Andrew Edwards put in a claim for the 23 cattle and the case has gone to Queensland Court of Appeal.
Andrew Edwards put in a claim for the 23 cattle and the case has gone to Queensland Court of Appeal. John Weekes

Beef over cattle ownership goes to state's highest court

A LEGAL wrangle over 23 cattle has brought a south-western grazier 865km to the state's highest court.

On Thursday, Queensland Court of Appeal heard the cattle were moved from a station near Charleville to Roma, and sold after a magistrate could not decide who owned them.

Wyandra cattle producer Andrew Edwards maintains his claim to the unbranded cattle.

An agent took the cattle during a January 2016 muster at Elverston Station that was next to Mr Edwards's property.

Other parties including police observed the muster.

But Mr Edwards was only told two or three days before the muster, and was not there.

Disputes and debates emerged involving three other farmers over the ownership of the animals.

For nearly eight months, police kept the animals, and then a magistrate could not be satisfied who owned the cattle.

The magistrate ordered the animals be sold, as allowed under the Police Powers and Responsibilities Act, and Roma District Court later dismissed an appeal against that decision.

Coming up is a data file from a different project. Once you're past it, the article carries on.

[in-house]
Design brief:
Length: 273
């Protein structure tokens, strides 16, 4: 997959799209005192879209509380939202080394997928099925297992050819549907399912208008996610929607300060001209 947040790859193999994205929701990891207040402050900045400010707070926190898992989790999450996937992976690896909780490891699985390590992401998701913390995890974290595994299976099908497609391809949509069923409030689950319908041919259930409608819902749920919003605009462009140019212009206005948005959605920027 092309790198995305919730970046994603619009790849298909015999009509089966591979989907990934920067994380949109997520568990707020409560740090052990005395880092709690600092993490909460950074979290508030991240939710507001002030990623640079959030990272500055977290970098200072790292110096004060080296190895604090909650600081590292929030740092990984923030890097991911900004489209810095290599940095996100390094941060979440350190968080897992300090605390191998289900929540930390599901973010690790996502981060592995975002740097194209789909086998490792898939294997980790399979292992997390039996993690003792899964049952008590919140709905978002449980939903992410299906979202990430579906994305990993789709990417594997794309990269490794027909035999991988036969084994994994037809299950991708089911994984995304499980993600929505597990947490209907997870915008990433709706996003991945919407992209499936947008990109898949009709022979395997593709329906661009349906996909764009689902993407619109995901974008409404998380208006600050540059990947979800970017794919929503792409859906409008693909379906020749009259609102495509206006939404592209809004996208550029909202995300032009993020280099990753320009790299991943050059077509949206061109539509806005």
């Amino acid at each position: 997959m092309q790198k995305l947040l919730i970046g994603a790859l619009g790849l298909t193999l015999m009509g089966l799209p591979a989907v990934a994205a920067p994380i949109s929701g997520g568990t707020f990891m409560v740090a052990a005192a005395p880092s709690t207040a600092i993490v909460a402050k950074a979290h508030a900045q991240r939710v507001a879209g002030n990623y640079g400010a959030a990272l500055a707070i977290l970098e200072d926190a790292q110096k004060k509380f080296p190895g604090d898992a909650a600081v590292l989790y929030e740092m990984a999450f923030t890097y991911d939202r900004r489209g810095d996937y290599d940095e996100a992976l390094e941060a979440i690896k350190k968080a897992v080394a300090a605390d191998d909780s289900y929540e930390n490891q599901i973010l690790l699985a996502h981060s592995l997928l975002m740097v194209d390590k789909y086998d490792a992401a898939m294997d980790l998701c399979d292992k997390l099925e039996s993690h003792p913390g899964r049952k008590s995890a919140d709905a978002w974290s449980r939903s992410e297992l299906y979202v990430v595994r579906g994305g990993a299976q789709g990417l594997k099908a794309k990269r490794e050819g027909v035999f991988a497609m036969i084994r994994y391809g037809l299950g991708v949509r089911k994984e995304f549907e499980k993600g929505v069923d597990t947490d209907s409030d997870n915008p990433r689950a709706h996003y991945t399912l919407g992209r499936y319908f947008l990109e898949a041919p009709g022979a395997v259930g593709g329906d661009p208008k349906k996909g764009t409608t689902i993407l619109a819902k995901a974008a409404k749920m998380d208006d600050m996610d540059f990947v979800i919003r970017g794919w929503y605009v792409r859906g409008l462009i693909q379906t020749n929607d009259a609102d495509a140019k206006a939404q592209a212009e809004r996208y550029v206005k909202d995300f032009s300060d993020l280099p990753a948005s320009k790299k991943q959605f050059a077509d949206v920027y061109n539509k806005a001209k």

Mr Edwards told the appeal court that farmers who claimed to have decided proceeds from selling the cattle should go to charity had no right to do so.

He wanted to bring forward further evidence, saying the Roma magistrate erred in not allowing cross-examination to establish who actually owned the cattle.

Mr Edwards said he never got the chance to ask questions which "would have exposed any untruths in the affidavit material” earlier in the dispute.

He told the appeal court the case was in "the public interest”.

He said police kept the cattle longer than they were allowed to.

"After 30 days you could have made an application to get them back from police but you didn't,” Justice Jackson said.

Justice David Jackson asked if Mr Edwards wanted to dispute whether these were cleanskin (unbranded) cattle, and the answer was No.

The appeal court said other parties agreed the cattle had wandered freely where fences were in a state of disrepair, but after Thursday's hearing Mr Edwards disputed that.

"I've been trying to get cattle out of there since May 2014,” Mr Edwards told NewsRegional.

He said it was worth taking the case to the appeal court, even though he had no lawyer representing him.

"Justice has got to be there, no matter how hard it is on you.”

Mr Edwards said the animals lost condition in the eight months between the muster and the magistrate's decision.

He said the 23 animals included heifers, cows, calves and some males.

Mr Edwards said the area he worked mostly had properties ranging in size from about 12,000-32,000ha.

The court on Thursday refused his appeal to add further evidence but reserved its decision on his application for leave to appeal the lower court's decision.